• The tense meeting where emperor Hirohito announced to his generals that he now sided with his foreign minister, that it was time to surrender, and how some of the generals then began plotting a coup to remover Hirohito and keep the war going.
  • The interesting possibility that Russia’s declaration of war on August 9 and subsequent invasion of the northern territories occupied by Japan had much to do with the surrender – because Russia might occupy a large portion of Japan by the time the fighting was over.
  • In the description of the explosions, Pellegrino describes the fascinating complexity of a uranium derived explosion, and how it was perceived – some people far enough away not to be immediately blinded saw the flash as yellow, some as blue, some saw rainbow colors.
  • Pilot Charles Sweeney flying his B-29 bomber with ‘Fat Man’ trying to reach the first target Kokura, only half the size of Nagasaki but with large munition factories and a more military presence, is driven off again and again by increasingly accurate anti-aircraft fire, until finally, afraid of running out of fuel to get back to his airfield, he reluctantly heads for his secondary target, Nagasaki
  • Dr Ngai, now dying of leukemia a year later, deliberately living in a small house he has built near ground zero in Hiroshima, studying the emerging plants and animals that were now thriving around him, delivers eloquent comments on the past and the future, effectively bringing his chapters to a close.

I was tempted to make this list three times as long, for there is so much in this book that you don’t want to forget, along with, I suppose, much that you would like to forget. But if I had my way, it would be required reading in our high schools.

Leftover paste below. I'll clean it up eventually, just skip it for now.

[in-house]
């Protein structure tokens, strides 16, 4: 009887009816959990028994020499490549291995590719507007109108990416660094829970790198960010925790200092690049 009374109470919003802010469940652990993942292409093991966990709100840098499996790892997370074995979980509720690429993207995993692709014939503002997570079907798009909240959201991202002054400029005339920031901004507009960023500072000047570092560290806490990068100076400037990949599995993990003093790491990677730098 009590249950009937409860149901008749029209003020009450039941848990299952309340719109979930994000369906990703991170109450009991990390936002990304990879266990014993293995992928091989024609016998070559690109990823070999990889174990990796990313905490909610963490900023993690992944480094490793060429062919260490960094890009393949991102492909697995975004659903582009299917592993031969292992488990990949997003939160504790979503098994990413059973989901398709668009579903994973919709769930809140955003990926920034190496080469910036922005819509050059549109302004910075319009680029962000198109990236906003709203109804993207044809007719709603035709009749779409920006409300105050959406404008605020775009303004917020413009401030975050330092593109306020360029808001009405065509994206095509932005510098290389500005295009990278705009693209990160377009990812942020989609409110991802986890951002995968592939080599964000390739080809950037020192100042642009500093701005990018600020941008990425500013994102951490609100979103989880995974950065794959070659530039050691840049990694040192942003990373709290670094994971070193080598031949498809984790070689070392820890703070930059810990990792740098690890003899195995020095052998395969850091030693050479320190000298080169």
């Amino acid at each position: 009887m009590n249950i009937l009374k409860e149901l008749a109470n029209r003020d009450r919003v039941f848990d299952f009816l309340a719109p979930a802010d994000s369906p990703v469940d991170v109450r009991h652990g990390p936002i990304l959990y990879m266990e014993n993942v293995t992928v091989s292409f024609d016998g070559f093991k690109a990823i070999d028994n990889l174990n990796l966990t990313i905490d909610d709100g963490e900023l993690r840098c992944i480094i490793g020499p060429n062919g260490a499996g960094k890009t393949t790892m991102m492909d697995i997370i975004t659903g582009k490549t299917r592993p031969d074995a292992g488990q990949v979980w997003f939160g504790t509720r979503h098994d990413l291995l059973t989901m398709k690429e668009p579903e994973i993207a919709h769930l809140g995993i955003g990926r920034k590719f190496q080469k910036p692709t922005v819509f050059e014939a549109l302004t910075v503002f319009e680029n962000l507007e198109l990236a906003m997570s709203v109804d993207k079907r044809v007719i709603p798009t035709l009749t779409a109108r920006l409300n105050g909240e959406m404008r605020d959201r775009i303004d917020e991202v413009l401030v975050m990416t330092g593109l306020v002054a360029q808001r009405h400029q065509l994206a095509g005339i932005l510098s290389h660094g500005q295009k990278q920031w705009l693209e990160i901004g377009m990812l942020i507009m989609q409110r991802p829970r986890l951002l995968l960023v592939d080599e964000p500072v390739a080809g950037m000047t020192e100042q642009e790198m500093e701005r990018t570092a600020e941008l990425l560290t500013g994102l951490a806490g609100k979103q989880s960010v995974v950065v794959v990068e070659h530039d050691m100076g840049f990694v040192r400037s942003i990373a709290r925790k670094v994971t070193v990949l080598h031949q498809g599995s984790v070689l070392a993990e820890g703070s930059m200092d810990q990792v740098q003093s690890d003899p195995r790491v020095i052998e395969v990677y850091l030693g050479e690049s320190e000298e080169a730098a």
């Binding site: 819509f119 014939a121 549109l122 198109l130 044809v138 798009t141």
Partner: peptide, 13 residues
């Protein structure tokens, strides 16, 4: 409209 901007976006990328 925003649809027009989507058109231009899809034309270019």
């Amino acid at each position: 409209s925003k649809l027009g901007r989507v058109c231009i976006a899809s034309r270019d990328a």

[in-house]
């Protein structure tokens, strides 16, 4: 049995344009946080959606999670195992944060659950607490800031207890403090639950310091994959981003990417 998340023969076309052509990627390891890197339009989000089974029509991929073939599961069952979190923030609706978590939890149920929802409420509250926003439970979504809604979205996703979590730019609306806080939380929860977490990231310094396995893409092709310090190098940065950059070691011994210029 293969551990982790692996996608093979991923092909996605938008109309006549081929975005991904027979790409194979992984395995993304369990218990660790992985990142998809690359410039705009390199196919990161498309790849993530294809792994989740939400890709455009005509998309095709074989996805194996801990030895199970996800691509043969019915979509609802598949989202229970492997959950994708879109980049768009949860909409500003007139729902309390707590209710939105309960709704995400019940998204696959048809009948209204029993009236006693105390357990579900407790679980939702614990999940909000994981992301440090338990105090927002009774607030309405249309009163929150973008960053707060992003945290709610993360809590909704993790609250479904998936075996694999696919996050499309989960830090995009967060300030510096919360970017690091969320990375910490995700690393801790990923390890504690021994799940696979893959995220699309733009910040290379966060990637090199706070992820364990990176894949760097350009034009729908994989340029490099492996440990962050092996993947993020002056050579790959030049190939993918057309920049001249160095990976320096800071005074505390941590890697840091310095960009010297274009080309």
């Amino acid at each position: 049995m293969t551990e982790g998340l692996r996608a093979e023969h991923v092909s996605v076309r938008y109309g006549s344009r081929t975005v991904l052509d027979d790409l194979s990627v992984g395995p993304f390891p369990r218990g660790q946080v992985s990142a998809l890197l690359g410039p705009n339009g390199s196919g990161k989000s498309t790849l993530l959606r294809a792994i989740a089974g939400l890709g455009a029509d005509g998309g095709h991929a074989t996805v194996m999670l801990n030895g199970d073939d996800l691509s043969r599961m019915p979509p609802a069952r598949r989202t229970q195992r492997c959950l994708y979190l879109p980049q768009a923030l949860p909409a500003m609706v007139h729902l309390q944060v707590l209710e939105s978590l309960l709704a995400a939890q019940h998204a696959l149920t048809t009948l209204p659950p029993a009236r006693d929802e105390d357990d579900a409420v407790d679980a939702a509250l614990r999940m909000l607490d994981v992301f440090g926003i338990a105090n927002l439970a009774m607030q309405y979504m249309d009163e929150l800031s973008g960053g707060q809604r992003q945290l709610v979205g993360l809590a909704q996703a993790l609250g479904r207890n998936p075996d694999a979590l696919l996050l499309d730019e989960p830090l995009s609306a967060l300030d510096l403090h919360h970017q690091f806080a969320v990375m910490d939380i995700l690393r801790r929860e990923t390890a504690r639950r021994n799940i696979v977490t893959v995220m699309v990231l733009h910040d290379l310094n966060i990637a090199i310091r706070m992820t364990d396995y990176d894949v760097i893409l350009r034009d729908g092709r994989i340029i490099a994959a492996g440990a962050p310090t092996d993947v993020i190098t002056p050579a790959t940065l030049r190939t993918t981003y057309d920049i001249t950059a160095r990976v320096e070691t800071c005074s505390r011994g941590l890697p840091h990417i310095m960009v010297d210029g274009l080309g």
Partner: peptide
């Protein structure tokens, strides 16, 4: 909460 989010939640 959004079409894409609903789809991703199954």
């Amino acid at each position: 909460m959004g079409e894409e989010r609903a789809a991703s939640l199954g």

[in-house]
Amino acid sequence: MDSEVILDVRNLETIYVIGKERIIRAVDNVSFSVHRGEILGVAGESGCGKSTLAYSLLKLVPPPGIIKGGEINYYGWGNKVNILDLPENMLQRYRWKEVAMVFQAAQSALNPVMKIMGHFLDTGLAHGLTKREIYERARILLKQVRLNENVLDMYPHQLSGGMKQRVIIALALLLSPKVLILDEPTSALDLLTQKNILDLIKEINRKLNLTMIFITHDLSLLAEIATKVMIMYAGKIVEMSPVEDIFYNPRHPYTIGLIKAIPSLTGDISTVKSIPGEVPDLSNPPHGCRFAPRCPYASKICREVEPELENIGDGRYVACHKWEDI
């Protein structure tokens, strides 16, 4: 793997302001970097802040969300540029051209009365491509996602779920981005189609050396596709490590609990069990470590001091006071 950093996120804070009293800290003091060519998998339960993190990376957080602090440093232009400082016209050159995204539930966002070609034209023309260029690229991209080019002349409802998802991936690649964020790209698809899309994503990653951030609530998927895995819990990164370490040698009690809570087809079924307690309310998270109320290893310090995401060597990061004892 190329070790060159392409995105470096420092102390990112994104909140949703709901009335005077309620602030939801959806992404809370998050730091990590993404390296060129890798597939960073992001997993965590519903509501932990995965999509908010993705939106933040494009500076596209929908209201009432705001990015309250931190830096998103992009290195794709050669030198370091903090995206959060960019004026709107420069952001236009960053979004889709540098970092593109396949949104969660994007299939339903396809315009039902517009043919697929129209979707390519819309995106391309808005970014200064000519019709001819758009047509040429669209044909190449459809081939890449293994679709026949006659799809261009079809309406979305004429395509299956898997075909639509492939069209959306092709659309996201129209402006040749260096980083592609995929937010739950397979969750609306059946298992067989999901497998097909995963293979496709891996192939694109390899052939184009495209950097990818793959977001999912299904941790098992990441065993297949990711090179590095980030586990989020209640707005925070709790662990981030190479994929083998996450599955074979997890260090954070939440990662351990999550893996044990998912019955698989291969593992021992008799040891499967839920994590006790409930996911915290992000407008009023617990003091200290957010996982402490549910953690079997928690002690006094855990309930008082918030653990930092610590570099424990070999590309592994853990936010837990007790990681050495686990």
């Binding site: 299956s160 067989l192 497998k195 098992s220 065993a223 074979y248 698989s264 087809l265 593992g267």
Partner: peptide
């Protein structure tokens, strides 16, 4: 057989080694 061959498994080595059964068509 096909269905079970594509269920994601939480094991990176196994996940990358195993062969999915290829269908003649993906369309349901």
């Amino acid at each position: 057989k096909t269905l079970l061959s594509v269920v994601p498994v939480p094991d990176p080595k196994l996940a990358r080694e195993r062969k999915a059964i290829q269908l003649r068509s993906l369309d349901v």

To those who would say that we should not subject young people to the horrors of this story, I say “What about the children of Hiroshima and Nagasaki?”

There was some controversy about the facts here, mainly with respect to the US planes, pilots, etc, because of which the 2010 book was withdrawn temporarily, then republished in 2015 as To Hell and Back: The Last Train from Hiroshima, with a few items removed. My audio book from the Toronto library appears to be the 2010 version. It is interesting that any history dealing with an unpleasant part of our past always seems to generate resistance

As to why Nagasaki fared better than Hiroshima, and why in each city some people survived and some didn’t, the answers to this are multiple, and crucial – for there are now thousands of nuclear warheads more powerful than those used at Hiroshima and Nagasaki that have been lying in wait for decades. In another post I’m going to deal with this as best I can shortly, for it’s about time we began thinking about the unthinkable.

4 thoughts on “Rescuing History | The Last Train from Hiroshima

  1. My personal attitude to the use of weapons of mass destruction is that it is a crime against humanity. Coincidentally that’s also the position of the New Zealand government.

    Back in the 1970s I met a delegation from Hiroshima when they visited the city of Whanganui where the wife and I lived, to plant a tree in the Quaker peace Garden. The wife, being Japanese had been sought out to by the Quaker settlement to assist with translation. Several members of the delegation were survivors of the atomic bomb including one who liked he was an albino but his colouration was the result of the radiation. Their stories were horrific and distressing to listen to.

    Liked by 1 person

    1. That must have been very moving. I think it’s essential that their stories be kept alive if we aren’t to repeat the event, possibly on a huge scale.

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  2. I am looking forward to next year’s release of the movie ‘Oppenheimer.’ It will be interesting to see what it says about the ethics of dropping the A-bombs. I stand with my father who was a soldier in WW2 and felt the bombs potentially saved his life.

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    1. Even some Japanese felt the bombs saved lives. Prior to Hiroshima and Nagasaki the Japanese military elite appear to have had full control and seemed determined to fight the war ‘to the last man’. The great success of the Japanese since WW II may be partially due to the demotion of the military.